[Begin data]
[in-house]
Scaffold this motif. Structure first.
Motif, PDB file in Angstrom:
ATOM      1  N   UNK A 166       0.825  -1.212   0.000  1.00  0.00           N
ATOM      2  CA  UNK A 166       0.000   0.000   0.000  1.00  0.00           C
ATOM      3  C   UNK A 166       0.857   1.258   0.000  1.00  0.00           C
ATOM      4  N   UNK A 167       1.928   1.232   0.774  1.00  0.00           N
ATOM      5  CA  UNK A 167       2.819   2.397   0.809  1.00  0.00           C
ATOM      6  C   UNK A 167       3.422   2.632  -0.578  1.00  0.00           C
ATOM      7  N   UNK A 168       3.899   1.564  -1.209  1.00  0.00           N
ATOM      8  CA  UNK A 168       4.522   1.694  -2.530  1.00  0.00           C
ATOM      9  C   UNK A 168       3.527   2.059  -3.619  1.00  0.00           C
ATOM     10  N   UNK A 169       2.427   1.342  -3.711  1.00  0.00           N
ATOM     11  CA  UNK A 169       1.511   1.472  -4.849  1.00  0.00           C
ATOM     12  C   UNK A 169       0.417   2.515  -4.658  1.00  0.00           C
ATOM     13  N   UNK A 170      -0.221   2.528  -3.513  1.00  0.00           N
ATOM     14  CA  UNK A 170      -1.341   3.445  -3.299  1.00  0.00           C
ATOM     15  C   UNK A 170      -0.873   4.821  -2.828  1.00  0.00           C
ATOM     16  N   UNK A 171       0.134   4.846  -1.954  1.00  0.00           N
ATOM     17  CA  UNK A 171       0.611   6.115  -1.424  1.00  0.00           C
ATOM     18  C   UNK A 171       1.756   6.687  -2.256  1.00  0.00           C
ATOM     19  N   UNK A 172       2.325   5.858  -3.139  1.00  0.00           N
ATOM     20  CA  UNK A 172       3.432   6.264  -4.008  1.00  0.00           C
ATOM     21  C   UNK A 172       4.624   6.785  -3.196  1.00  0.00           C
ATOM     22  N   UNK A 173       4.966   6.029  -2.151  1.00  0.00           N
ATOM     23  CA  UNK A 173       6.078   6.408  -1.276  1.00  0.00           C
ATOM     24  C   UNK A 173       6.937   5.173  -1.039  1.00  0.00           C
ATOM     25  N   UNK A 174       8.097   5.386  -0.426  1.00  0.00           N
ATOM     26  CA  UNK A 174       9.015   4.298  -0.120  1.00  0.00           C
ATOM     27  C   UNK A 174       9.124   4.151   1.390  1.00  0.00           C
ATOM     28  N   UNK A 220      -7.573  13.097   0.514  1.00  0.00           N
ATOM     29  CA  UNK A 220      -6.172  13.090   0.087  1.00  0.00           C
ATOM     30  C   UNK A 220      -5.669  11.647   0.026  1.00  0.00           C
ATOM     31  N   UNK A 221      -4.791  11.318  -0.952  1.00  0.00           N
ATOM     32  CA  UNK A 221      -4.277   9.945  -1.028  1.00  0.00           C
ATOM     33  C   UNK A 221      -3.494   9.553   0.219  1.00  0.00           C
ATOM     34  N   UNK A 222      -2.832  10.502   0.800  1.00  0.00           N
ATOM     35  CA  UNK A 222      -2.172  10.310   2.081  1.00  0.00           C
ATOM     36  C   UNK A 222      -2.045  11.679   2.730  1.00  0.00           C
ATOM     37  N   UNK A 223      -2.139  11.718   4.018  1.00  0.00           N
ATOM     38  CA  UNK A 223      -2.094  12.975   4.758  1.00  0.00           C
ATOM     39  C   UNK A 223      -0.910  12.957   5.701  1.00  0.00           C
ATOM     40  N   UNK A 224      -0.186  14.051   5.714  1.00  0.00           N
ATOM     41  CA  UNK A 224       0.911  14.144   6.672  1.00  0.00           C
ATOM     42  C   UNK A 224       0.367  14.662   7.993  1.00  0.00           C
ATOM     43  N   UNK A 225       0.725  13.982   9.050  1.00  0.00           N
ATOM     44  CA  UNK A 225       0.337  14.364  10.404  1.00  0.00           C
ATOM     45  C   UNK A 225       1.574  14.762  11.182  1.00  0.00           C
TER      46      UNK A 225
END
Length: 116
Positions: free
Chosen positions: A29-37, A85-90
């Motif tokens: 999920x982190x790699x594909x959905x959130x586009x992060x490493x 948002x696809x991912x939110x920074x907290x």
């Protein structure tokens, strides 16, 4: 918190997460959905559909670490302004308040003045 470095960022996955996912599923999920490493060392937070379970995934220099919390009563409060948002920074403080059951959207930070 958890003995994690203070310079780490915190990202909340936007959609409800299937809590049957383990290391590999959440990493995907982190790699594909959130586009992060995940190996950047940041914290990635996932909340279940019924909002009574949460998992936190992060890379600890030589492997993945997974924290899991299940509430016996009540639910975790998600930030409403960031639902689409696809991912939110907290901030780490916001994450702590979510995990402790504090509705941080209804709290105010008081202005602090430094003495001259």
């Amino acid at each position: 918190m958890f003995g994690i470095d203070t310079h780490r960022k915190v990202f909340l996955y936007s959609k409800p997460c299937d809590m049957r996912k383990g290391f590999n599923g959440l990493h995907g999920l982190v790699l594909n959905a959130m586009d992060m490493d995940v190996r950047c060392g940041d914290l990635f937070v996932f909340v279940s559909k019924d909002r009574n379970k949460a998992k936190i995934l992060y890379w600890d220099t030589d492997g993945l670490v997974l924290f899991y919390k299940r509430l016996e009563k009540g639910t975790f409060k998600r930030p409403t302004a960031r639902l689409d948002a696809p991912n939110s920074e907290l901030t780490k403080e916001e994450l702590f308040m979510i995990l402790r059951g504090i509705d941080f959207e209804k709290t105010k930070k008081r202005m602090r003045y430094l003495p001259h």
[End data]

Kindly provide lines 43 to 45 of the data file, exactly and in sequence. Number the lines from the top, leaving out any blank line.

ATOM     40  N   UNK A 224      -0.186  14.051   5.714  1.00  0.00           N
ATOM     41  CA  UNK A 224       0.911  14.144   6.672  1.00  0.00           C
ATOM     42  C   UNK A 224       0.367  14.662   7.993  1.00  0.00           C